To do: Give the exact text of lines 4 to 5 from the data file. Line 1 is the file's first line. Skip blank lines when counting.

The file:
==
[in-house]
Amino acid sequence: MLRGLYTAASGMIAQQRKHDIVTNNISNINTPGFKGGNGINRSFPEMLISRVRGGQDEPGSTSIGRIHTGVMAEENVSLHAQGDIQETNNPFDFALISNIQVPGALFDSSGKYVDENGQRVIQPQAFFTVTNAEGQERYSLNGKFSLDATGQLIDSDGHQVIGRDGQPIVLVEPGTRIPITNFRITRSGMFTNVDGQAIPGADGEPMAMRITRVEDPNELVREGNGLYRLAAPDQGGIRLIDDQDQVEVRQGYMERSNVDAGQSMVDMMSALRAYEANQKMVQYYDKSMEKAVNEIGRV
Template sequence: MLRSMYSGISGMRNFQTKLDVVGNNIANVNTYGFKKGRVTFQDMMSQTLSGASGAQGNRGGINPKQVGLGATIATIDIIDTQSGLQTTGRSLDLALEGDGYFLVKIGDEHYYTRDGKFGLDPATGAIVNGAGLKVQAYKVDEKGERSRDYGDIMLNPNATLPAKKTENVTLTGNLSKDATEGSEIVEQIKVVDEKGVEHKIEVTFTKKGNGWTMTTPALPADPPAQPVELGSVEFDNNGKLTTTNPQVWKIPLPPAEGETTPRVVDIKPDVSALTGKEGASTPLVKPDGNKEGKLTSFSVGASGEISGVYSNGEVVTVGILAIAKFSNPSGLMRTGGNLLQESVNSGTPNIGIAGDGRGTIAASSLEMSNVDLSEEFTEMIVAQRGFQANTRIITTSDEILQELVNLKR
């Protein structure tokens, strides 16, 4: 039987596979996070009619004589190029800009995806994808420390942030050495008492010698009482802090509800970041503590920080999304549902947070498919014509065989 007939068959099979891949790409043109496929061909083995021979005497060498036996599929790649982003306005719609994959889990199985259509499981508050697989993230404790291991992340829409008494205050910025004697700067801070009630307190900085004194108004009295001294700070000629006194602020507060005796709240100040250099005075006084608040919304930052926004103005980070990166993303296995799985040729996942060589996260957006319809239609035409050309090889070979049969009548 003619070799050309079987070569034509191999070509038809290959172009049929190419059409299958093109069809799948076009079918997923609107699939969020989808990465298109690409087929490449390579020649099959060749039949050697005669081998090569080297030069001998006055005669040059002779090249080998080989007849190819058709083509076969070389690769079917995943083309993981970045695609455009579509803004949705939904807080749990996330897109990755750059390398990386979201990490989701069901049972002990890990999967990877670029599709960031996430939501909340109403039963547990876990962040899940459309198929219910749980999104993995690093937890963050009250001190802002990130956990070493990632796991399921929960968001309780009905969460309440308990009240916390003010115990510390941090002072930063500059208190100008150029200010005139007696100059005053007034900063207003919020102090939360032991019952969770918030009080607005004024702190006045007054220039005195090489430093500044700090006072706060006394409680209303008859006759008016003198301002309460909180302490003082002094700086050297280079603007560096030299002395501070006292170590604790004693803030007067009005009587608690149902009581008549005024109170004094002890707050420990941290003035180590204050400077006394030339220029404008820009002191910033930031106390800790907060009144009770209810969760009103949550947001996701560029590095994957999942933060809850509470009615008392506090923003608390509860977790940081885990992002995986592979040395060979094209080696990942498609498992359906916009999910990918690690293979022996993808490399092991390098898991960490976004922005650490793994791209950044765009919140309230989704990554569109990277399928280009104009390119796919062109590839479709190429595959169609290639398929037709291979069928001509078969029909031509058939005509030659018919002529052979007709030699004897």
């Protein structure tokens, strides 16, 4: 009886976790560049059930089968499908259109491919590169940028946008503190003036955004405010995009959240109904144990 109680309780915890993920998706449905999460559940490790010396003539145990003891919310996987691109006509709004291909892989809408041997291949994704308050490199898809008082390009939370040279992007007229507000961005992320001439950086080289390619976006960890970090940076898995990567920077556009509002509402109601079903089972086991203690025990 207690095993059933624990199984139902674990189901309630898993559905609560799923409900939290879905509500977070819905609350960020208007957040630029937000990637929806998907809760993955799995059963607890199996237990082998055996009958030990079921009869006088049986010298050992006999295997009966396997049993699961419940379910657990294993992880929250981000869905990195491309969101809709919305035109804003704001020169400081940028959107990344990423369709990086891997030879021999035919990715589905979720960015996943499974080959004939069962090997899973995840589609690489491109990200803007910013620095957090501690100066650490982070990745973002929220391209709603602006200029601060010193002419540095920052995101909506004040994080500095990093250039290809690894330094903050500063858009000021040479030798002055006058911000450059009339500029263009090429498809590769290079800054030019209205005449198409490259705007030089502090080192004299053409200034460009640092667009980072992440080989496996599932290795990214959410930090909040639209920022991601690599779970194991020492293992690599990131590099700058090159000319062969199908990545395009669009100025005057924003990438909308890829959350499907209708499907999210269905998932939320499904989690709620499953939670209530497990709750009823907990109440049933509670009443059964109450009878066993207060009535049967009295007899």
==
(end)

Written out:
């Protein structure tokens, strides 16, 4: 039987596979996070009619004589190029800009995806994808420390942030050495008492010698009482802090509800970041503590920080999304549902947070498919014509065989 007939068959099979891949790409043109496929061909083995021979005497060498036996599929790649982003306005719609994959889990199985259509499981508050697989993230404790291991992340829409008494205050910025004697700067801070009630307190900085004194108004009295001294700070000629006194602020507060005796709240100040250099005075006084608040919304930052926004103005980070990166993303296995799985040729996942060589996260957006319809239609035409050309090889070979049969009548 003619070799050309079987070569034509191999070509038809290959172009049929190419059409299958093109069809799948076009079918997923609107699939969020989808990465298109690409087929490449390579020649099959060749039949050697005669081998090569080297030069001998006055005669040059002779090249080998080989007849190819058709083509076969070389690769079917995943083309993981970045695609455009579509803004949705939904807080749990996330897109990755750059390398990386979201990490989701069901049972002990890990999967990877670029599709960031996430939501909340109403039963547990876990962040899940459309198929219910749980999104993995690093937890963050009250001190802002990130956990070493990632796991399921929960968001309780009905969460309440308990009240916390003010115990510390941090002072930063500059208190100008150029200010005139007696100059005053007034900063207003919020102090939360032991019952969770918030009080607005004024702190006045007054220039005195090489430093500044700090006072706060006394409680209303008859006759008016003198301002309460909180302490003082002094700086050297280079603007560096030299002395501070006292170590604790004693803030007067009005009587608690149902009581008549005024109170004094002890707050420990941290003035180590204050400077006394030339220029404008820009002191910033930031106390800790907060009144009770209810969760009103949550947001996701560029590095994957999942933060809850509470009615008392506090923003608390509860977790940081885990992002995986592979040395060979094209080696990942498609498992359906916009999910990918690690293979022996993808490399092991390098898991960490976004922005650490793994791209950044765009919140309230989704990554569109990277399928280009104009390119796919062109590839479709190429595959169609290639398929037709291979069928001509078969029909031509058939005509030659018919002529052979007709030699004897």
């Protein structure tokens, strides 16, 4: 009886976790560049059930089968499908259109491919590169940028946008503190003036955004405010995009959240109904144990 109680309780915890993920998706449905999460559940490790010396003539145990003891919310996987691109006509709004291909892989809408041997291949994704308050490199898809008082390009939370040279992007007229507000961005992320001439950086080289390619976006960890970090940076898995990567920077556009509002509402109601079903089972086991203690025990 207690095993059933624990199984139902674990189901309630898993559905609560799923409900939290879905509500977070819905609350960020208007957040630029937000990637929806998907809760993955799995059963607890199996237990082998055996009958030990079921009869006088049986010298050992006999295997009966396997049993699961419940379910657990294993992880929250981000869905990195491309969101809709919305035109804003704001020169400081940028959107990344990423369709990086891997030879021999035919990715589905979720960015996943499974080959004939069962090997899973995840589609690489491109990200803007910013620095957090501690100066650490982070990745973002929220391209709603602006200029601060010193002419540095920052995101909506004040994080500095990093250039290809690894330094903050500063858009000021040479030798002055006058911000450059009339500029263009090429498809590769290079800054030019209205005449198409490259705007030089502090080192004299053409200034460009640092667009980072992440080989496996599932290795990214959410930090909040639209920022991601690599779970194991020492293992690599990131590099700058090159000319062969199908990545395009669009100025005057924003990438909308890829959350499907209708499907999210269905998932939320499904989690709620499953939670209530497990709750009823907990109440049933509670009443059964109450009878066993207060009535049967009295007899």